There's been no shortage of rumors and speculation about how much Microsoft charges OEMs for a copy of Windows over the years, but Microsoft itself has stayed fairly mum on the matter -- until this week, that is. Speaking at the Jefferies Annual Technology Conference, Microsoft exec Charles Songhurst revealed for the first time that the company has "always charged about $50" for a copy of Windows on the average $1,000 PC, or about 5% of the total cost. Songhurst also seems to imply that Microsoft is looking to get about 5% across the board for Windows, meaning that it can rake in some impressive profits on high-end PCs while still being able to offer Windows on the cheap for netbooks or $300 desktops. Songhurst even went so far as to say that cheap PCs are a net benefit for Microsoft so long as they are "not cannibalistic to the total PC demand," and he and unsurprisingly further went on to extol the virtues of Windows 7, saying that it is a "compellingly good product," and that "when Windows is executing well, Microsoft is in good shape."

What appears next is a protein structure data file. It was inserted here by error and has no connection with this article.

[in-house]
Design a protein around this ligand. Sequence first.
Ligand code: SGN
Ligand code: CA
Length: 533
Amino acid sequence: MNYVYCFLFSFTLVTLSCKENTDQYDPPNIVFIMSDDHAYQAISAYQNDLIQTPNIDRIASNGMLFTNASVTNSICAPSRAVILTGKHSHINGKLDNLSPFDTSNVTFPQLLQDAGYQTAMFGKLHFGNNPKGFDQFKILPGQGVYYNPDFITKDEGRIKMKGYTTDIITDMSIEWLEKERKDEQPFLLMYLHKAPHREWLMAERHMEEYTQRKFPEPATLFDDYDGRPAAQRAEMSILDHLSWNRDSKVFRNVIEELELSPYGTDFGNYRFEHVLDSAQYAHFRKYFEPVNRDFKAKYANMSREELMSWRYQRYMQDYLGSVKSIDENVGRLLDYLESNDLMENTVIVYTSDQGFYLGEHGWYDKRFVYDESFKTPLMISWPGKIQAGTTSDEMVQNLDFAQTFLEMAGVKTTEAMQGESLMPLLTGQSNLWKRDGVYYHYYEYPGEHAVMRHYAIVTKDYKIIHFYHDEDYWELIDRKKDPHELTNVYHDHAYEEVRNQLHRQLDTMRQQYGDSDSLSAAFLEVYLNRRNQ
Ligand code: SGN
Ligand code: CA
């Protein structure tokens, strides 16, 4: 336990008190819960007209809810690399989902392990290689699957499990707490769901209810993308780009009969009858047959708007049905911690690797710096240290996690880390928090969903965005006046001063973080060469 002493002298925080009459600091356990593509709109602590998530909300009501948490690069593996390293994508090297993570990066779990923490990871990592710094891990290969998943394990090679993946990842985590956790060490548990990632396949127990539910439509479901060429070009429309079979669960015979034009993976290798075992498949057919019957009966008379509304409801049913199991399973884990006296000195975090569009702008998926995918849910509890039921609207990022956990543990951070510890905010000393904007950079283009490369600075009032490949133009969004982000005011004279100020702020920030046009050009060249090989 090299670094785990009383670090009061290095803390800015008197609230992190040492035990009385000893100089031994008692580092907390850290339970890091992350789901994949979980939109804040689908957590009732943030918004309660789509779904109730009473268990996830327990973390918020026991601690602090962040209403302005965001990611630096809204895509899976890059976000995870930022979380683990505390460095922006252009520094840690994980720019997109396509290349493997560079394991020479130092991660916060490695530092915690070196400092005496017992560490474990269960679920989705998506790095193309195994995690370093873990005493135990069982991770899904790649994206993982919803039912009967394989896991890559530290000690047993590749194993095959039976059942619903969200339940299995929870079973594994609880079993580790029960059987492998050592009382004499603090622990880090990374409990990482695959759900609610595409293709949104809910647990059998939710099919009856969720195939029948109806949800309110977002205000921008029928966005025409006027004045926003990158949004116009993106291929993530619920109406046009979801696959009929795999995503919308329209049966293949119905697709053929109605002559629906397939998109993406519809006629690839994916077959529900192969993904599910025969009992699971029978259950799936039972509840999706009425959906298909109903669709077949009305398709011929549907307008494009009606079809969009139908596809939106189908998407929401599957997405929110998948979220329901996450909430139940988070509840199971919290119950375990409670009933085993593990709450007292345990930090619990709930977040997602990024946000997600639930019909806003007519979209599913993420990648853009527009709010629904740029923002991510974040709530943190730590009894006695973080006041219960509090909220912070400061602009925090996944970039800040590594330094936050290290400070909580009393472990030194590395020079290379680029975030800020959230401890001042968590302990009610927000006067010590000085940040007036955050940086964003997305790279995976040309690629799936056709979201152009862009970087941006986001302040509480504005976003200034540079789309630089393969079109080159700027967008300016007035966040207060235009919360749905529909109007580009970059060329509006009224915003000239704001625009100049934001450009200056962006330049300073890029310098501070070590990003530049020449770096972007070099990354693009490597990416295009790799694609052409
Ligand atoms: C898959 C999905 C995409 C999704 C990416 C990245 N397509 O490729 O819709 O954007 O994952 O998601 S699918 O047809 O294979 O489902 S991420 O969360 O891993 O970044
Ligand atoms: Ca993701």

[Thanks, Sammy]